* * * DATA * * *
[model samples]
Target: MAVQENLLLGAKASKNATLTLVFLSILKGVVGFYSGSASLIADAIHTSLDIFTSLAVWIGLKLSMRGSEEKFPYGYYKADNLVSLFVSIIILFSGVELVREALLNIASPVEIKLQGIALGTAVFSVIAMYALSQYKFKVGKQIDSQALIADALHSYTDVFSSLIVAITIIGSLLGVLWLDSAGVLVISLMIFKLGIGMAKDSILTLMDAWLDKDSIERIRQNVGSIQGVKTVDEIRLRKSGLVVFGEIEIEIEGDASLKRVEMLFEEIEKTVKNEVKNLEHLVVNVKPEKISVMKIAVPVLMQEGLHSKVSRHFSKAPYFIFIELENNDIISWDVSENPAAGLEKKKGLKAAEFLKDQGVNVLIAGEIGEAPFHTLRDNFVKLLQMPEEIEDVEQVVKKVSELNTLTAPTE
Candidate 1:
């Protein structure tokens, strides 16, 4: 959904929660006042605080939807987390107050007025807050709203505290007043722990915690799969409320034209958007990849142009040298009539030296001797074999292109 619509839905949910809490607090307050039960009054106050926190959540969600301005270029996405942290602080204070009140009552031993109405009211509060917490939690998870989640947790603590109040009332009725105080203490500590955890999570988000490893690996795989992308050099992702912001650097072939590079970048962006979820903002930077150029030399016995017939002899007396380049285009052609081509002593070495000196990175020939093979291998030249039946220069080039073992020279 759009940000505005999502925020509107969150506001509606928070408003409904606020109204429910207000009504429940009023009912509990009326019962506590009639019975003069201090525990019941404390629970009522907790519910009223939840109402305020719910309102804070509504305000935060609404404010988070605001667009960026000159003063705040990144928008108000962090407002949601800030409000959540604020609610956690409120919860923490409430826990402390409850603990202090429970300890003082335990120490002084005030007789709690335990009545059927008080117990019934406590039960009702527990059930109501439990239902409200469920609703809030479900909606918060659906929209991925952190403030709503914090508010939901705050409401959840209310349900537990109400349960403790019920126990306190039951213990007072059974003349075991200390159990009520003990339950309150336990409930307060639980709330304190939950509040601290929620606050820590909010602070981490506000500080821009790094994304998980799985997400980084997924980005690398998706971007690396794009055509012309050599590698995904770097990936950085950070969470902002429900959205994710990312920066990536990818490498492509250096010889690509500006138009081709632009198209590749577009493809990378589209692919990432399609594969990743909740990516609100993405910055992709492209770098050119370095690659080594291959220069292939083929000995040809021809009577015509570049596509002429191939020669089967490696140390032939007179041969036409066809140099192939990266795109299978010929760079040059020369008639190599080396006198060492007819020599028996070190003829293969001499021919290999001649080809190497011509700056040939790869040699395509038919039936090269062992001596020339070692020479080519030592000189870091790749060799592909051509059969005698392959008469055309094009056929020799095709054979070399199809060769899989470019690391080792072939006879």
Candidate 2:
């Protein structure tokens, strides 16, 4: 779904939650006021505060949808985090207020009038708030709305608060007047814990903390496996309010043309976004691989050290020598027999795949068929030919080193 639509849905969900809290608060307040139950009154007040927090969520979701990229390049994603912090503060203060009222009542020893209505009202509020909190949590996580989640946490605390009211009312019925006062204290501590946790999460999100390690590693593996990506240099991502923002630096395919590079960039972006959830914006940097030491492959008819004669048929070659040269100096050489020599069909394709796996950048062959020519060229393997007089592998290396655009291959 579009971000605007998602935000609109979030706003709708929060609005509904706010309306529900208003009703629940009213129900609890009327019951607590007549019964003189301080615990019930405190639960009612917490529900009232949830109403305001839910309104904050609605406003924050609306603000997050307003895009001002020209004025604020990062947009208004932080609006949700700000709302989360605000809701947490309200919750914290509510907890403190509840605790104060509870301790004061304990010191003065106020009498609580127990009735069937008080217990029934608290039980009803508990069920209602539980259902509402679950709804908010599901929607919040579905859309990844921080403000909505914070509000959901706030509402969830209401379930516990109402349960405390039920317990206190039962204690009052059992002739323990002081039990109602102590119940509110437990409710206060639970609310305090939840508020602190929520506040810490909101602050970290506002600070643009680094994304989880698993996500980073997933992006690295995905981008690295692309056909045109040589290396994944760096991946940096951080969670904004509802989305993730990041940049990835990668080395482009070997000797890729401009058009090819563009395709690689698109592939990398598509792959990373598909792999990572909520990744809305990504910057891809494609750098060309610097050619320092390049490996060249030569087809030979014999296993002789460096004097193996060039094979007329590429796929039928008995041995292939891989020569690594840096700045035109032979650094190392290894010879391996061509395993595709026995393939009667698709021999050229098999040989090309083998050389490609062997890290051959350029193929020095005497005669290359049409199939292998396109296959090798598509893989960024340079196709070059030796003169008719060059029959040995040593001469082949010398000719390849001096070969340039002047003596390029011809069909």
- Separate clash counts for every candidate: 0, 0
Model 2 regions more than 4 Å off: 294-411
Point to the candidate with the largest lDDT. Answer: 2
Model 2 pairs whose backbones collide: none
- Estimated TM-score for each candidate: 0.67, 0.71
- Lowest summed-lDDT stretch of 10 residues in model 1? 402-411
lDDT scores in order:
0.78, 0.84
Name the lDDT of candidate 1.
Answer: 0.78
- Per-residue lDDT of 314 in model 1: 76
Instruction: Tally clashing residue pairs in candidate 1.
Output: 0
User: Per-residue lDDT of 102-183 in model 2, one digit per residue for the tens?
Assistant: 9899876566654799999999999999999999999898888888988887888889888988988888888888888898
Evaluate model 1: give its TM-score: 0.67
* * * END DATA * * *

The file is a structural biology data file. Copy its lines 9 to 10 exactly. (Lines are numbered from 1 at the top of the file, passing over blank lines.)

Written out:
Point to the candidate with the largest lDDT. Answer: 2
Model 2 pairs whose backbones collide: none